Understanding Alpha Beta Pruning: Why do we ignore the values of a unsearched tree after the first leaf, can they not include acceptable values too?

So this is my question.

I am trying to understand this part of the book:

At d) why do we stop looking at the other nodes in that branch? There could be a acceptable value next to the 2? I am just trying to understand alpha beta pruning for a while.

At $d)$, minimizer is comparing the $2$ he found with the currently best option for the maximizer higher in the tree (at node $A$, where maximizer will choose between $B$,$C$,...), which is $3$, at node $B$. He then knows that maximizer will not choose $C$.
The node $C$ will have value $2$ when minimizer sets it and would have value $2$ or less if minimizer explored it fully, so he doesn't need to waste his time searching other branches from $C$ if he already knows that maximizer will not choose anything lower than $3$.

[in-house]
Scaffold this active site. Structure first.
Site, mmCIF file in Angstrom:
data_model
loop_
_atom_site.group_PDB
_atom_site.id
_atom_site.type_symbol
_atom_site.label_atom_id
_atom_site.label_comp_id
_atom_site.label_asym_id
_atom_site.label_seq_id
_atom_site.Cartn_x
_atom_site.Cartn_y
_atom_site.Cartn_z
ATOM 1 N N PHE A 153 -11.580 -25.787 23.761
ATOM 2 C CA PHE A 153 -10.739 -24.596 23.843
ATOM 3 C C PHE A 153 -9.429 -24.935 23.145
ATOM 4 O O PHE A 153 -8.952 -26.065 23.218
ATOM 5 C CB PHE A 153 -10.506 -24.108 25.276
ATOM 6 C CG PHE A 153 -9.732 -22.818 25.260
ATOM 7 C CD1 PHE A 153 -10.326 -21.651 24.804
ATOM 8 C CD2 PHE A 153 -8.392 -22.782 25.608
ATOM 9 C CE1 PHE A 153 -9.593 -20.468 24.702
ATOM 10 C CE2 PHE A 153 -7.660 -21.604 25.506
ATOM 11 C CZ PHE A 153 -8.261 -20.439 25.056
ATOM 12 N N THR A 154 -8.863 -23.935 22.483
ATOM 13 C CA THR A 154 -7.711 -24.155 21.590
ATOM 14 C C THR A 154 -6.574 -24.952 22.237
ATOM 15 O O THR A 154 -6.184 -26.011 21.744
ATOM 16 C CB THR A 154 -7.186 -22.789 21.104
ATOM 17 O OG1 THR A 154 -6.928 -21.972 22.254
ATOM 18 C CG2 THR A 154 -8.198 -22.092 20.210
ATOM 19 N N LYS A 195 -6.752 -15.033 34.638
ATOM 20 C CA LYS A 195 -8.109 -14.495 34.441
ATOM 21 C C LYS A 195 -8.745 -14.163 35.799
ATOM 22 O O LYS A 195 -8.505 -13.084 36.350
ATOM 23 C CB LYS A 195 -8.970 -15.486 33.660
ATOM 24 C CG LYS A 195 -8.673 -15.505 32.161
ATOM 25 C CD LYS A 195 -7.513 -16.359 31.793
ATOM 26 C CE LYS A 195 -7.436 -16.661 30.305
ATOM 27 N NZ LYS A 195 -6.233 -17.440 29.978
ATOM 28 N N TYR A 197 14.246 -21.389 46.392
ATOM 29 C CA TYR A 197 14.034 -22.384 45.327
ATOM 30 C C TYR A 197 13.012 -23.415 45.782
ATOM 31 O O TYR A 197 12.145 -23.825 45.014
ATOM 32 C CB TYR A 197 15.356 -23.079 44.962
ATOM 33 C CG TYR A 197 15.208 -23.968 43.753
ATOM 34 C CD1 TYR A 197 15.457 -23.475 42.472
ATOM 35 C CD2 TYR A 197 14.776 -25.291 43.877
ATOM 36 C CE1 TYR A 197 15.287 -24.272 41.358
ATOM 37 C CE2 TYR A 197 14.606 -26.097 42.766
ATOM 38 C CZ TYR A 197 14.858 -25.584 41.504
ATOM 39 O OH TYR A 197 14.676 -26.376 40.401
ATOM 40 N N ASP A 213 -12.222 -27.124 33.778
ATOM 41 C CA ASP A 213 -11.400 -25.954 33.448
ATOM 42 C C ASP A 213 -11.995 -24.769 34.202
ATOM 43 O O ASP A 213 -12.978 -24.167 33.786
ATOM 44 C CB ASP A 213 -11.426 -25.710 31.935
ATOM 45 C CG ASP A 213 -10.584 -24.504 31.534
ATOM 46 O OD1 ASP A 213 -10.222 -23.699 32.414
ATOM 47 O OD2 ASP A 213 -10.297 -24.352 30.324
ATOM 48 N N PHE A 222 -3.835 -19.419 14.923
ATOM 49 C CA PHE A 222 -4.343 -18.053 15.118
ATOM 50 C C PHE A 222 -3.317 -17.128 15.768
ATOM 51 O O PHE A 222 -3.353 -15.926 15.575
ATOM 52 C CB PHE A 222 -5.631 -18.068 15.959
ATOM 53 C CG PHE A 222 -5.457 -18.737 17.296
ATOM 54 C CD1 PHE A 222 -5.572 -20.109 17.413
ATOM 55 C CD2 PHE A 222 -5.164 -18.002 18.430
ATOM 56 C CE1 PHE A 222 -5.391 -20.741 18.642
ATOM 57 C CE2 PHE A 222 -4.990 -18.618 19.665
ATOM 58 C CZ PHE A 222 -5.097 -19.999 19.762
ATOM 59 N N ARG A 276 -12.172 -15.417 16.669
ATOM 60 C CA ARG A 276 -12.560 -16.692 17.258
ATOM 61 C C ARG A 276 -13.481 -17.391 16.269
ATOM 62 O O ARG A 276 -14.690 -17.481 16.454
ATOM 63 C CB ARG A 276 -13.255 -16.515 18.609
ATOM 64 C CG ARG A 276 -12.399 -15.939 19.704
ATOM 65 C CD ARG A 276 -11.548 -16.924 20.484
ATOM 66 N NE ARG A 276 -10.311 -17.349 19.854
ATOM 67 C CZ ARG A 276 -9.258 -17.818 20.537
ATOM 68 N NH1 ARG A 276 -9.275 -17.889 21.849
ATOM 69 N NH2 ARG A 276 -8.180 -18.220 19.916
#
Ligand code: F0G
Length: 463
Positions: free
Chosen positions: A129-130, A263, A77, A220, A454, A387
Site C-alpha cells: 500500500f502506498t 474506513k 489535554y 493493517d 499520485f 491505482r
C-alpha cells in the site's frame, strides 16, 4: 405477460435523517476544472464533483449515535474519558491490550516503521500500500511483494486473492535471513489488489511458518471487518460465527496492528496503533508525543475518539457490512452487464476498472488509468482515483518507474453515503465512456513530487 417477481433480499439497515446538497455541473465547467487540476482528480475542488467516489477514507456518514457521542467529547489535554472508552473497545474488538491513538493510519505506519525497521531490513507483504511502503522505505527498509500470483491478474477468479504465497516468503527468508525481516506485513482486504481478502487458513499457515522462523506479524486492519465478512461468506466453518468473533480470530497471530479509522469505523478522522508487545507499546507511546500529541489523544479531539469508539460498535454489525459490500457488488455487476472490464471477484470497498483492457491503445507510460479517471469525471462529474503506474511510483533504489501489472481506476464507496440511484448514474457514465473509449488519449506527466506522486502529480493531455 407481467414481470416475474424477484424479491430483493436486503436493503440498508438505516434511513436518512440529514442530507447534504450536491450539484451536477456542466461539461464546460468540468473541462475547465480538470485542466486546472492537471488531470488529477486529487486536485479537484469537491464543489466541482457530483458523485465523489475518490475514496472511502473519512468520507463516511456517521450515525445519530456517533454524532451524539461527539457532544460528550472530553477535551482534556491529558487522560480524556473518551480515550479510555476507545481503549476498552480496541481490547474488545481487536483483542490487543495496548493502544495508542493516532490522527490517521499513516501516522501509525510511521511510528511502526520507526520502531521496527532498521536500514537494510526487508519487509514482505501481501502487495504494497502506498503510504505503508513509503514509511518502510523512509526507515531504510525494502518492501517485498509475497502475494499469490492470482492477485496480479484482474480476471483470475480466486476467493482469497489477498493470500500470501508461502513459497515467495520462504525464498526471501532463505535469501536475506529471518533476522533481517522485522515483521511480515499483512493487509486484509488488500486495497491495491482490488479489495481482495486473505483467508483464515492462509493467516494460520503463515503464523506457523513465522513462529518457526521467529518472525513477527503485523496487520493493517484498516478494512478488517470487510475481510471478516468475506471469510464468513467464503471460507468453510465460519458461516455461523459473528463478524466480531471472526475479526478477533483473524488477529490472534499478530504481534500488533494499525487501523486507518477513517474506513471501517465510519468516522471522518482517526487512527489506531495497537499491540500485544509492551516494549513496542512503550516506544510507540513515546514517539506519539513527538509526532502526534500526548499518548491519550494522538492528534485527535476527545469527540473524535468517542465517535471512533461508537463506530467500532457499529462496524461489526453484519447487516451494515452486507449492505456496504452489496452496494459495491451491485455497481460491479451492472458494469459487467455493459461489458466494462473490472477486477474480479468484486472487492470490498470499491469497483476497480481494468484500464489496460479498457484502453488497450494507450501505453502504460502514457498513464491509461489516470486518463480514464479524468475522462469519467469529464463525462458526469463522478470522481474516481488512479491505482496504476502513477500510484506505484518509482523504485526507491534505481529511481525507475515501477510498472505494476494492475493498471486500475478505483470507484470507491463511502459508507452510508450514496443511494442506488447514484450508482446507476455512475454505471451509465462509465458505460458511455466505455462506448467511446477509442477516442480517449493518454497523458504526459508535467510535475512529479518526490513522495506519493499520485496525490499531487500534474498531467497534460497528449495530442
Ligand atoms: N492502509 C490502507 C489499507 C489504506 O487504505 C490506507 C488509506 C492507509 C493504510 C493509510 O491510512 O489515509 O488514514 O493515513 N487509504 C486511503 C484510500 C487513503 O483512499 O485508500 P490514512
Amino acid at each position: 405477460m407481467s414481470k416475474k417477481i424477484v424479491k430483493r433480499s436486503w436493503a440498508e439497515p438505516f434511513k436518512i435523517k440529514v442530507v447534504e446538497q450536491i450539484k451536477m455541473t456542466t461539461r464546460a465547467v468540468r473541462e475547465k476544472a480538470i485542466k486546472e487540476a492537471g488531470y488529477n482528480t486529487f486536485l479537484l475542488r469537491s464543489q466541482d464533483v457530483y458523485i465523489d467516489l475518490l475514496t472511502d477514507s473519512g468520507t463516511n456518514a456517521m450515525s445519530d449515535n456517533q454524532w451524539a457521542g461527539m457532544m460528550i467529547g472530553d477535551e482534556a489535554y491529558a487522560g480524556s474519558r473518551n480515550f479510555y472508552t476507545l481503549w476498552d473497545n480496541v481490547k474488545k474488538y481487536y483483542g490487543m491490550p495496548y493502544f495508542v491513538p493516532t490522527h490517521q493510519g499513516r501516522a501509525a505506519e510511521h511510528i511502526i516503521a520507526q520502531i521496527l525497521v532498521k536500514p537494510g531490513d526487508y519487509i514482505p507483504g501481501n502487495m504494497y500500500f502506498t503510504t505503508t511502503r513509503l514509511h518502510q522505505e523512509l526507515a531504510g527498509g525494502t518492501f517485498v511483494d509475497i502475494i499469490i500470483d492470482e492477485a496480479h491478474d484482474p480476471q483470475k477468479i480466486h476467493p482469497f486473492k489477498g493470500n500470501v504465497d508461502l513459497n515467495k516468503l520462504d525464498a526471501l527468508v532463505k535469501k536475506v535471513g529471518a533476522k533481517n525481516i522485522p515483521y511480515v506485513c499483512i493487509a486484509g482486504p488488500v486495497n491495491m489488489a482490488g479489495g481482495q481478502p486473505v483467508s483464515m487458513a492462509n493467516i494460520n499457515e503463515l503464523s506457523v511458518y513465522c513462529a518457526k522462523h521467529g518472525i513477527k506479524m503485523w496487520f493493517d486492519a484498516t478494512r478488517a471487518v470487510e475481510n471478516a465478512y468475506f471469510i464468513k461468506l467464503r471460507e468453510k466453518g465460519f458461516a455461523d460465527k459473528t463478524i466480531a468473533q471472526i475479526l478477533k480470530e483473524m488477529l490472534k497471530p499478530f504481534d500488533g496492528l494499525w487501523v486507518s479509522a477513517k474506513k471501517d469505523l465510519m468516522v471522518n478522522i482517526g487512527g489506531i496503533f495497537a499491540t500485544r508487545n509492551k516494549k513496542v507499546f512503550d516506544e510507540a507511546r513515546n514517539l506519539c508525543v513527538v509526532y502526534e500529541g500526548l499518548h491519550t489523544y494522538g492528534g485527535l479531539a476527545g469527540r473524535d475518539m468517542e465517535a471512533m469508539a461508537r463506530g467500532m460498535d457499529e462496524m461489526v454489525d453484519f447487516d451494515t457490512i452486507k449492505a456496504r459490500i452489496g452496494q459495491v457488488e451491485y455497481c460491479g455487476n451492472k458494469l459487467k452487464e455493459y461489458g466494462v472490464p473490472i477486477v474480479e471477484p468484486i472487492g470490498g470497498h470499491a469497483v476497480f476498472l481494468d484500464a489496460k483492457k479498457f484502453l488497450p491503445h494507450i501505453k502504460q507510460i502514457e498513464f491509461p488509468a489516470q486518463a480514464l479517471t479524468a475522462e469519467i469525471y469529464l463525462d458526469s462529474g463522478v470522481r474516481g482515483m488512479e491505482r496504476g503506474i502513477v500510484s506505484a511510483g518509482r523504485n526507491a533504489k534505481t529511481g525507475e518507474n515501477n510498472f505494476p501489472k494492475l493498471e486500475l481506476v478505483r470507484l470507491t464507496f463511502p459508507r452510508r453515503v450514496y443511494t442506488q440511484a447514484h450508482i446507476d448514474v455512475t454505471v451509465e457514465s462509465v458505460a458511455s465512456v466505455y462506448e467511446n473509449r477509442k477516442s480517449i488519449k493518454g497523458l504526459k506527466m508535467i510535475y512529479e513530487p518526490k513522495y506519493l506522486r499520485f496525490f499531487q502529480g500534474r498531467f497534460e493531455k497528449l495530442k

So there is no way that minimizer could in this situation "fool" maximizer by setting the wrong value of $C$ (something higher than $3$) to force maximizer to choose it. If we assume that scenario a possibility, we must also implement the maximizer with "free-will" so he may not choose his best option but this is no longer an $\alpha$-$\beta$ pruning :)